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Having just one copy of the mutated gene doesn't seem to hinder conception.
The coatless sperm don't always fail, so it's not clear just how much this issue contributes to male infertility overall.
But creating a test to diagnose these men would be easy, the researchers said. Such a test potentially would lessen the time that a couple having problems conceiving spends in limbo before trying treatments such as having sperm placed directly into the woman's uterus.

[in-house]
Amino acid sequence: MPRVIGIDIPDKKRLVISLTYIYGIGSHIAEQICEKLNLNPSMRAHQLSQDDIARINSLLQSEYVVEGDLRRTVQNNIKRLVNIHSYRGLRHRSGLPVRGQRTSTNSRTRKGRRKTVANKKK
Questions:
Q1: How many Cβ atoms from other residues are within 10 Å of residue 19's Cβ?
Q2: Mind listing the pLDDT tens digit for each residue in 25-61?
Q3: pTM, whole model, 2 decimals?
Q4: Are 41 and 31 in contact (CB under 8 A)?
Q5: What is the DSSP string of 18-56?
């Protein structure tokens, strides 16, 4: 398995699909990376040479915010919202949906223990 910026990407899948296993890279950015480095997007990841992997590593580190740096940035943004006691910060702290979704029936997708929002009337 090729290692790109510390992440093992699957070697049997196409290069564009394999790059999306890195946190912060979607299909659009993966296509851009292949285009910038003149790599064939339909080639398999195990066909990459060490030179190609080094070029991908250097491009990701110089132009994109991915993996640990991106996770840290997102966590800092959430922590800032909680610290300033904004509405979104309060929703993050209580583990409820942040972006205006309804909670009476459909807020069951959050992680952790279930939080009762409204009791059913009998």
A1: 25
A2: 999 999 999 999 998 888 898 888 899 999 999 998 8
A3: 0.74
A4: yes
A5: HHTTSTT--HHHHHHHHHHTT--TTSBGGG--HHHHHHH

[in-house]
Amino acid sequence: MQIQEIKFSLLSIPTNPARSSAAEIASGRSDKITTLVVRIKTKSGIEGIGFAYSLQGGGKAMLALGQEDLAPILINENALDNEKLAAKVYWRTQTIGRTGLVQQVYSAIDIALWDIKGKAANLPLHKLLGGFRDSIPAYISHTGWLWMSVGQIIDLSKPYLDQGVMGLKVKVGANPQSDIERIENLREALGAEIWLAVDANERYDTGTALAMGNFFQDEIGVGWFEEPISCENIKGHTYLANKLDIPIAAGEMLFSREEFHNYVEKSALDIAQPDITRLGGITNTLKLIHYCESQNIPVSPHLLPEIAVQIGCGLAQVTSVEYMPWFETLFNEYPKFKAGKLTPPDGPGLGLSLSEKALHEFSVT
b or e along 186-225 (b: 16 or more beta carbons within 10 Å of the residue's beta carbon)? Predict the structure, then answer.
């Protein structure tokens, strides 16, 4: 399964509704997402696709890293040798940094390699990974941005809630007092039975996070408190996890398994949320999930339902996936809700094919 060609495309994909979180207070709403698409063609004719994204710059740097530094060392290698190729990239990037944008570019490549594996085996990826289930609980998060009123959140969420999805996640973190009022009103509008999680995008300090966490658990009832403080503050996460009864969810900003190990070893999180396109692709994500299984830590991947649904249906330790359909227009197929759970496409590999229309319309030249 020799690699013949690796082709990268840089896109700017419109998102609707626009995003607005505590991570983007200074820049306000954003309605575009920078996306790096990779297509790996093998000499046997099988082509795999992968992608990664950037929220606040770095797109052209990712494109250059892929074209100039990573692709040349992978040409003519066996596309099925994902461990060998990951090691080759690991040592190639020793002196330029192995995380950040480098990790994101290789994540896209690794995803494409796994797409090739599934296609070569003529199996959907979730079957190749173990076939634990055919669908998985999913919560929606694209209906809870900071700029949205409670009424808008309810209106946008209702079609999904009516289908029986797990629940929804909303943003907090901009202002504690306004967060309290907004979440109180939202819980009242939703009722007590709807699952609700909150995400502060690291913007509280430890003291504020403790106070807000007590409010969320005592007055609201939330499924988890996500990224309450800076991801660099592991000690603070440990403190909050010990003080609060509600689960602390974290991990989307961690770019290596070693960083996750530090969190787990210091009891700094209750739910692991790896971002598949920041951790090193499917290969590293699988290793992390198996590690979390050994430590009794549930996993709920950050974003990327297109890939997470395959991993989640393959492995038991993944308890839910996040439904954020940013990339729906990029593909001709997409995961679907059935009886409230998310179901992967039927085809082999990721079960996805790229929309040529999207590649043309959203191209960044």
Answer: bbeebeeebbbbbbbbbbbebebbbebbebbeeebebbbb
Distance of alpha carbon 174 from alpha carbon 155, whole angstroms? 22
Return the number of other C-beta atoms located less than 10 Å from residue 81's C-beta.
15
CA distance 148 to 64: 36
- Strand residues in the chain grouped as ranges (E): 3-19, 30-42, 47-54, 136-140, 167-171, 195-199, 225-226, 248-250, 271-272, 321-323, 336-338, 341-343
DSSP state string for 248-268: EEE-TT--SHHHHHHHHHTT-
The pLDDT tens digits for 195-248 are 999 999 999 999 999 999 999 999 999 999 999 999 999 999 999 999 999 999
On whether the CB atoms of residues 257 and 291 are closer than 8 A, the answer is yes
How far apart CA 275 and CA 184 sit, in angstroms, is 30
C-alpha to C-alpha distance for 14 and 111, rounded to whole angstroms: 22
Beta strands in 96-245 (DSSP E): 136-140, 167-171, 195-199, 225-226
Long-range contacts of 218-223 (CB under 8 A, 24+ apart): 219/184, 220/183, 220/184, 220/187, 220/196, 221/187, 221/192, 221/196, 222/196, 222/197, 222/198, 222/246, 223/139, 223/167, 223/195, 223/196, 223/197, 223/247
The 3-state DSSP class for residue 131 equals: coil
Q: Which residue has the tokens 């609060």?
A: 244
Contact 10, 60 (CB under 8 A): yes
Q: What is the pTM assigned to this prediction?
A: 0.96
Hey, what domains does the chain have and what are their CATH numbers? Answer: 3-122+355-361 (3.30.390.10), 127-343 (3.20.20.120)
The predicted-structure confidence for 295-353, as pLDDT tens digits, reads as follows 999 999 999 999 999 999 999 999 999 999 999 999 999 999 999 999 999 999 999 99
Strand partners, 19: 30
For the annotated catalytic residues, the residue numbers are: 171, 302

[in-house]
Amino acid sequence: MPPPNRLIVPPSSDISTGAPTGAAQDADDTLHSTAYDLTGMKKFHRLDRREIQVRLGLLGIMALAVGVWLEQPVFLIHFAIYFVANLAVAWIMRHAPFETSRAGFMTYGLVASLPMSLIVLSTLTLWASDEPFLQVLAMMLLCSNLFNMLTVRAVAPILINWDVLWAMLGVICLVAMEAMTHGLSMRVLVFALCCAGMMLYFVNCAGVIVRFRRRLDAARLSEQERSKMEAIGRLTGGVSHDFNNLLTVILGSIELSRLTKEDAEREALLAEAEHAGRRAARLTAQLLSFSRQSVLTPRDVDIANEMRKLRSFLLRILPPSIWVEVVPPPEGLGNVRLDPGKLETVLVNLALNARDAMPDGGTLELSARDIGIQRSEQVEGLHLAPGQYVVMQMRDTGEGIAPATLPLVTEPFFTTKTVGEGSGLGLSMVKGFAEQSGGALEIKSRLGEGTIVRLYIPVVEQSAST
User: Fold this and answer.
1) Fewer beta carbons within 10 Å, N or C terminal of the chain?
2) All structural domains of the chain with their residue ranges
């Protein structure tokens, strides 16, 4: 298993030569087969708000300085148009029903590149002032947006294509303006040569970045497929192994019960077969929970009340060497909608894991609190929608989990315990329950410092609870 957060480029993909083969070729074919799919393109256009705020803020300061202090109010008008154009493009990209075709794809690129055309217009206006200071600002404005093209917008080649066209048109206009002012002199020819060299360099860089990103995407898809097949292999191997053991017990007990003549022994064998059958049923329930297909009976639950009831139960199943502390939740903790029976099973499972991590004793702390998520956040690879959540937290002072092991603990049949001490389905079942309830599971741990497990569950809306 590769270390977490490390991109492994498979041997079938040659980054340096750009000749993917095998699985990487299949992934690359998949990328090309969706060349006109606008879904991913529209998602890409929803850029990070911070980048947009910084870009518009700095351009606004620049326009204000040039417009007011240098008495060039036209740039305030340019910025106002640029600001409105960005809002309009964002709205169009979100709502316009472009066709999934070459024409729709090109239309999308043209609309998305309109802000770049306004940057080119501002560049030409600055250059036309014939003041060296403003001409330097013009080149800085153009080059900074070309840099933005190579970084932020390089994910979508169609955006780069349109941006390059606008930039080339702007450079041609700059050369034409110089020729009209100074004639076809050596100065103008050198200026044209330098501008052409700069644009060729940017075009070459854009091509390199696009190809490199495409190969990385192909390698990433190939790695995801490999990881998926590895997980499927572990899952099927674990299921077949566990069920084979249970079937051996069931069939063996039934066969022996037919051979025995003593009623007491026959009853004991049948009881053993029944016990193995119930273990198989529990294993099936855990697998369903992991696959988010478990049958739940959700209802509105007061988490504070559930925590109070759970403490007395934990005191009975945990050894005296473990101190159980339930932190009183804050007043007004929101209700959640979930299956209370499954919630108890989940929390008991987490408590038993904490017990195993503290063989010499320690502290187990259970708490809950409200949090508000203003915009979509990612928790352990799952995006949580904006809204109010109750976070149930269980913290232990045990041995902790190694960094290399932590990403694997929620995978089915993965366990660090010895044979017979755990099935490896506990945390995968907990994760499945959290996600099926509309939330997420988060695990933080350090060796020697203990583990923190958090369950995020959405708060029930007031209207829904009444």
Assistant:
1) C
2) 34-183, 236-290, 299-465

One day, a vaginal gel might even let sperm pick up the protein coating as it travels into the cervix. The California researchers say they're already trying that with animals.
Copyright 2011 The Associated Press. All rights reserved. This material may not be published, broadcast, rewritten or redistributed.
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